Genetic Influences on Behaviour Heredity, Environment and Intelligence Main controversial question-to what extent are differences in intelligence due to genetic factors and to what extent does environment determine differences in intelligence? o Genetic argument-suppose intelligence is determined by genes

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Any 2 individuals with the same genes would have same test scores so the correlation between the test scores of identical twins would be +1; fraternal twins share only half and therefore their correlation should be lower To extend, the correlation between a parents test scores and his/her childrens scores should be about the same as that between siblings because a child only gets half his genes from the parent A study was done and identical twins separated early in life-different environment but same genes; theyre correlation is almost as high as identical twins in the same environment and higher than fraternal twins in the same environment The more genes in common, the more similar theyre IQ Findings show both environment and genes determine IQ but how do both interact to affect intelligence?

Biological Reaction Range, The Environment, Personality and Intelligence How does the concept of reaction range illustrate the interaction between heredity and environment Reaction range helps us understand genetic environmental interactions o The reaction range for a genetically influenced trait is the range of possibilities( the upper and lower limits) that the genetic code allows o Eg. Intelligence is genetically influenced does not mean that it is fixed at birth but means that an individual inherits a range for potential intelligence that has upper and lower limits and the environmental effects will determine where the person falls within the reaction range o We cannot determine the size of this range but studies suggest that it could be as large as 15-20 points on the IQ scale- if this is the case then environmental factors would be highly significant

Behaviour Genetics and Personality Hans Eysenck argued that personality differences could be traced to differences in brain development or function The personality of extraversion/introversion was argued to reflect differences in brain arousal First to suggest a biological basis for major personality traits Led other researchers to find a relationship between neuroticism and a gene allele that increases the action of the neurotransmitter serotonin And a relationship between novelty seeking and a single gene allele that deceases the action of the neurotransmitter dopamine Prominent personality trait theory Five Factor Model o Five factor theorists like Robert McCrae and Paul Costa believe that individual differences in personality can be accounted for by variation along five broad personality dimensions or traits known as the big five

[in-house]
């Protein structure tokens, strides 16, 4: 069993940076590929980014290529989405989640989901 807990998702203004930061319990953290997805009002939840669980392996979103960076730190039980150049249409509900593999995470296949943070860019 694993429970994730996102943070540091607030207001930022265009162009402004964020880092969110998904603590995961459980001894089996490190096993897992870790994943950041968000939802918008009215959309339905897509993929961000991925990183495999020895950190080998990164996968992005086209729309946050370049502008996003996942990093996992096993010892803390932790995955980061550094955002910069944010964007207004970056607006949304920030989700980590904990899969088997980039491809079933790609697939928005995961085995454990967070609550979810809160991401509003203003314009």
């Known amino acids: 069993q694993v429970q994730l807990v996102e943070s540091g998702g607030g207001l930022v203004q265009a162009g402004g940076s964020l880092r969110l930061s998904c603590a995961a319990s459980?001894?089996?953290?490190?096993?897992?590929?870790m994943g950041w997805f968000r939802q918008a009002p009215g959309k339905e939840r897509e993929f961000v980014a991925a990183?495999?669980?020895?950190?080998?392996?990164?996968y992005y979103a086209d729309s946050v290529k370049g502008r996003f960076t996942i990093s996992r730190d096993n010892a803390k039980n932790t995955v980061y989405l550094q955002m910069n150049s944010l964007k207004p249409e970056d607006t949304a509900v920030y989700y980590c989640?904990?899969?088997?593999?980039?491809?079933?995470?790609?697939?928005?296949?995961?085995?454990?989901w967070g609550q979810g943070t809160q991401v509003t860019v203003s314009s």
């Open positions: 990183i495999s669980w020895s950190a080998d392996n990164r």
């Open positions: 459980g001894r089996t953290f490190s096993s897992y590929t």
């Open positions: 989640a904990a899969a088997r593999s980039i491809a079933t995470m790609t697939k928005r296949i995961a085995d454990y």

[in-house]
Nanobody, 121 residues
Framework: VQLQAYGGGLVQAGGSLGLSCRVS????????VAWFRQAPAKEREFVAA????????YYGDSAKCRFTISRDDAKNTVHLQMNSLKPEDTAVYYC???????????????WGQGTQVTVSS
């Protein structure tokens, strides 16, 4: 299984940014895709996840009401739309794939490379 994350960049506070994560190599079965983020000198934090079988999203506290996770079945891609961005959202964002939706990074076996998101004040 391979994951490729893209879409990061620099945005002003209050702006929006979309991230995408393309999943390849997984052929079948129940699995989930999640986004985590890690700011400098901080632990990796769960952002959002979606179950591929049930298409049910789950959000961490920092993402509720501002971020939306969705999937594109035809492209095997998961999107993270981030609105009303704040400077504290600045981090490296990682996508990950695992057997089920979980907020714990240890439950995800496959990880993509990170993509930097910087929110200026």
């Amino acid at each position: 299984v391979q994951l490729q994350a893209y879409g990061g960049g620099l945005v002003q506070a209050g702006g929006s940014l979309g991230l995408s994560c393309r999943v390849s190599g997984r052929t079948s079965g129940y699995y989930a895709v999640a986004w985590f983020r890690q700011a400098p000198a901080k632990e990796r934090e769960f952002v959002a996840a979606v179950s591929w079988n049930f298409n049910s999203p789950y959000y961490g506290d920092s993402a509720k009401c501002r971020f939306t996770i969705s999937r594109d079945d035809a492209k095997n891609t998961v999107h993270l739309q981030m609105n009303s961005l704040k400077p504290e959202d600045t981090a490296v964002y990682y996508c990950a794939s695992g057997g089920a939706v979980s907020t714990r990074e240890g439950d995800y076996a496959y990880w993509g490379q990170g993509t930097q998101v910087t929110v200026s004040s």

Extraversion/introversion(sociable, outgoing, adventuresome versus queit, inhibited, solitary) Agreeableness ( cooperative, helpful, good natured versus antagonistic, uncooperative, helpful, suspicious) Conscientiousness ( responsible, goal-directed, dependable versus undependable, careless, irresponsible) Neuroticism (worrying, anxious, emotionally unstable versus well adjusted, secure, calm Openness to experience (imaginative, artistically sensitive versus unreflective, lacking in intellectual curiosity) Twin studies of heritability of the Big Five personality traits found heritability coef ranging from 0;42 to 0;57 which is consistent of other studies indicates that 40-50% of the personality variations among people are attributable to genotype differences Genetic factors account for a significant amount of a personality difference not as much as IQ

A study compared personality traits in identical and fraternal twins who were raised together or reared apart If identical twins reared in different environments by different families are as similar as those reared together, a strong argument is made for the role of genetic factors o This research design divided the variation among individuals on each personality trait into 3 components Variation attributable to genetic factors Variation due to a shared family environment among those reared together Variation attributable to other factors such as unique individual experiences o Compared influence of these sources of variation by comparing personality test correlations among 4 groups Identical twins reared apart/together Fraternal twins reared together/reared apart o Studies shown that identical twins are far more similar in personality traits than fraternal twins and reared together/apart makes little difference-family influence has little influence on personality differences According to the results of the Minnesota Twin Study, what factors were the most important in determining personality? o One of the largest/best known studies wa the Minnesota Twin Study o Assessed more than 400 twins both reared apart and reared togetherbut didnt really affect the results o little shared experience within the same family environmentfamily environment accounted for little/no variation in any of the personality traits o Individuals unique experience like school experiences, social interactions, and individual learning experiences accounted for 36-56% of the variation in personality traits